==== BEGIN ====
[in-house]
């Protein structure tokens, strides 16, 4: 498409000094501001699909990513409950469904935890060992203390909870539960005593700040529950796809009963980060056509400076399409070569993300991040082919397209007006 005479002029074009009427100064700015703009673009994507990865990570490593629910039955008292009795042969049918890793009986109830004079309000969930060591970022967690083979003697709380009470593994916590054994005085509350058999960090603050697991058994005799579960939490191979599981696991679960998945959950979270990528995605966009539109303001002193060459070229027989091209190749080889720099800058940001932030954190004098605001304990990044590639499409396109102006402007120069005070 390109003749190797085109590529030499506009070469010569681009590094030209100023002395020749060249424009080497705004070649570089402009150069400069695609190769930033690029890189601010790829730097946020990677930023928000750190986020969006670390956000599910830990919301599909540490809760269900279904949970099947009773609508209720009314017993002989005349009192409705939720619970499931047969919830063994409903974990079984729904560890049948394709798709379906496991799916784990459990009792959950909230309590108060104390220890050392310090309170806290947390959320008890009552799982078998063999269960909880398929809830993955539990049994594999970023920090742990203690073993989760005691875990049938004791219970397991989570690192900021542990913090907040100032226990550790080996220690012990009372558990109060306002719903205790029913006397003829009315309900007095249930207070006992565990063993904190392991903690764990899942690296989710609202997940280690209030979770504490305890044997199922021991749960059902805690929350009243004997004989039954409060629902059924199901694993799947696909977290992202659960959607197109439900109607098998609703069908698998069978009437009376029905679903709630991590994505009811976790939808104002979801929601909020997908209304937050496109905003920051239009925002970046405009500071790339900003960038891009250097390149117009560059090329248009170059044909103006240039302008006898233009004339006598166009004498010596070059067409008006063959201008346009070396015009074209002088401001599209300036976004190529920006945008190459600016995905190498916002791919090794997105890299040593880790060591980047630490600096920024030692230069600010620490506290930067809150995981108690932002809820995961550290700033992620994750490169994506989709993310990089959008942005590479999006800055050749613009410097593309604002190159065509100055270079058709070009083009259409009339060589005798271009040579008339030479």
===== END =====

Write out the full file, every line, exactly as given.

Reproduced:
[in-house]
């Protein structure tokens, strides 16, 4: 498409000094501001699909990513409950469904935890060992203390909870539960005593700040529950796809009963980060056509400076399409070569993300991040082919397209007006 005479002029074009009427100064700015703009673009994507990865990570490593629910039955008292009795042969049918890793009986109830004079309000969930060591970022967690083979003697709380009470593994916590054994005085509350058999960090603050697991058994005799579960939490191979599981696991679960998945959950979270990528995605966009539109303001002193060459070229027989091209190749080889720099800058940001932030954190004098605001304990990044590639499409396109102006402007120069005070 390109003749190797085109590529030499506009070469010569681009590094030209100023002395020749060249424009080497705004070649570089402009150069400069695609190769930033690029890189601010790829730097946020990677930023928000750190986020969006670390956000599910830990919301599909540490809760269900279904949970099947009773609508209720009314017993002989005349009192409705939720619970499931047969919830063994409903974990079984729904560890049948394709798709379906496991799916784990459990009792959950909230309590108060104390220890050392310090309170806290947390959320008890009552799982078998063999269960909880398929809830993955539990049994594999970023920090742990203690073993989760005691875990049938004791219970397991989570690192900021542990913090907040100032226990550790080996220690012990009372558990109060306002719903205790029913006397003829009315309900007095249930207070006992565990063993904190392991903690764990899942690296989710609202997940280690209030979770504490305890044997199922021991749960059902805690929350009243004997004989039954409060629902059924199901694993799947696909977290992202659960959607197109439900109607098998609703069908698998069978009437009376029905679903709630991590994505009811976790939808104002979801929601909020997908209304937050496109905003920051239009925002970046405009500071790339900003960038891009250097390149117009560059090329248009170059044909103006240039302008006898233009004339006598166009004498010596070059067409008006063959201008346009070396015009074209002088401001599209300036976004190529920006945008190459600016995905190498916002791919090794997105890299040593880790060591980047630490600096920024030692230069600010620490506290930067809150995981108690932002809820995961550290700033992620994750490169994506989709993310990089959008942005590479999006800055050749613009410097593309604002190159065509100055270079058709070009083009259409009339060589005798271009040579008339030479």